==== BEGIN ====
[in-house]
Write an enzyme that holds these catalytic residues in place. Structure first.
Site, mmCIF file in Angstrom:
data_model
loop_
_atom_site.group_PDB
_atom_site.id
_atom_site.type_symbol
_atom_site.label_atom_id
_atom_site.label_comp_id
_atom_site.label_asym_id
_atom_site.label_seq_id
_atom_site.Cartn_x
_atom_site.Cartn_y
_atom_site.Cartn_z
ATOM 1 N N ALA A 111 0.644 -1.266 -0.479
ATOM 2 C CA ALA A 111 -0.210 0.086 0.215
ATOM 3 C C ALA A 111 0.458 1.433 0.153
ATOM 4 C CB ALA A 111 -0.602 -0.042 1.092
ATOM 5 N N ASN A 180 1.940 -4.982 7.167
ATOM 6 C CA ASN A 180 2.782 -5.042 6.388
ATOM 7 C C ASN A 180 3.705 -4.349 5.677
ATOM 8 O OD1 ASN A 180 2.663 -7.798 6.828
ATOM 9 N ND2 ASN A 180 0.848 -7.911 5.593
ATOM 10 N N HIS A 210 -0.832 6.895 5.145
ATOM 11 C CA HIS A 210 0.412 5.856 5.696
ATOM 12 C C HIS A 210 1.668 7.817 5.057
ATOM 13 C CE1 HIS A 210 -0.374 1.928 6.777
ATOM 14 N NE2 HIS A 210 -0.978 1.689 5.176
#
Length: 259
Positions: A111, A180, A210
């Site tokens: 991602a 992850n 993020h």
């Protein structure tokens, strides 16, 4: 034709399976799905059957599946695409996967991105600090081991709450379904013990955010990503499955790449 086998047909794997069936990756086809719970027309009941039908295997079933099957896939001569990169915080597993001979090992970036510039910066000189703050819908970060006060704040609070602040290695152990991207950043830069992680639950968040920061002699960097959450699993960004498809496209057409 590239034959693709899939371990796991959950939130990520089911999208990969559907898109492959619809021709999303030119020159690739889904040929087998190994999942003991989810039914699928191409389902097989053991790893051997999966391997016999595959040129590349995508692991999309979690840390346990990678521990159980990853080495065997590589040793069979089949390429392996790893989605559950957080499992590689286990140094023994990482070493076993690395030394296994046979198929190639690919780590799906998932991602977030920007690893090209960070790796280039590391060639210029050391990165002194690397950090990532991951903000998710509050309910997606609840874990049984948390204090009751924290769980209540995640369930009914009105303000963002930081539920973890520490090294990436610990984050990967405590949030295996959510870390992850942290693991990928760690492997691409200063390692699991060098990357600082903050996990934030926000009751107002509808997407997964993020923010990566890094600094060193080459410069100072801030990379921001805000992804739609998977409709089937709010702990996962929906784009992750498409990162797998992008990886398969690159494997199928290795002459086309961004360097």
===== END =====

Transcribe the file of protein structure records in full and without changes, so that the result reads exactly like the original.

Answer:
[in-house]
Write an enzyme that holds these catalytic residues in place. Structure first.
Site, mmCIF file in Angstrom:
data_model
loop_
_atom_site.group_PDB
_atom_site.id
_atom_site.type_symbol
_atom_site.label_atom_id
_atom_site.label_comp_id
_atom_site.label_asym_id
_atom_site.label_seq_id
_atom_site.Cartn_x
_atom_site.Cartn_y
_atom_site.Cartn_z
ATOM 1 N N ALA A 111 0.644 -1.266 -0.479
ATOM 2 C CA ALA A 111 -0.210 0.086 0.215
ATOM 3 C C ALA A 111 0.458 1.433 0.153
ATOM 4 C CB ALA A 111 -0.602 -0.042 1.092
ATOM 5 N N ASN A 180 1.940 -4.982 7.167
ATOM 6 C CA ASN A 180 2.782 -5.042 6.388
ATOM 7 C C ASN A 180 3.705 -4.349 5.677
ATOM 8 O OD1 ASN A 180 2.663 -7.798 6.828
ATOM 9 N ND2 ASN A 180 0.848 -7.911 5.593
ATOM 10 N N HIS A 210 -0.832 6.895 5.145
ATOM 11 C CA HIS A 210 0.412 5.856 5.696
ATOM 12 C C HIS A 210 1.668 7.817 5.057
ATOM 13 C CE1 HIS A 210 -0.374 1.928 6.777
ATOM 14 N NE2 HIS A 210 -0.978 1.689 5.176
#
Length: 259
Positions: A111, A180, A210
């Site tokens: 991602a 992850n 993020h």
């Protein structure tokens, strides 16, 4: 034709399976799905059957599946695409996967991105600090081991709450379904013990955010990503499955790449 086998047909794997069936990756086809719970027309009941039908295997079933099957896939001569990169915080597993001979090992970036510039910066000189703050819908970060006060704040609070602040290695152990991207950043830069992680639950968040920061002699960097959450699993960004498809496209057409 590239034959693709899939371990796991959950939130990520089911999208990969559907898109492959619809021709999303030119020159690739889904040929087998190994999942003991989810039914699928191409389902097989053991790893051997999966391997016999595959040129590349995508692991999309979690840390346990990678521990159980990853080495065997590589040793069979089949390429392996790893989605559950957080499992590689286990140094023994990482070493076993690395030394296994046979198929190639690919780590799906998932991602977030920007690893090209960070790796280039590391060639210029050391990165002194690397950090990532991951903000998710509050309910997606609840874990049984948390204090009751924290769980209540995640369930009914009105303000963002930081539920973890520490090294990436610990984050990967405590949030295996959510870390992850942290693991990928760690492997691409200063390692699991060098990357600082903050996990934030926000009751107002509808997407997964993020923010990566890094600094060193080459410069100072801030990379921001805000992804739609998977409709089937709010702990996962929906784009992750498409990162797998992008990886398969690159494997199928290795002459086309961004360097």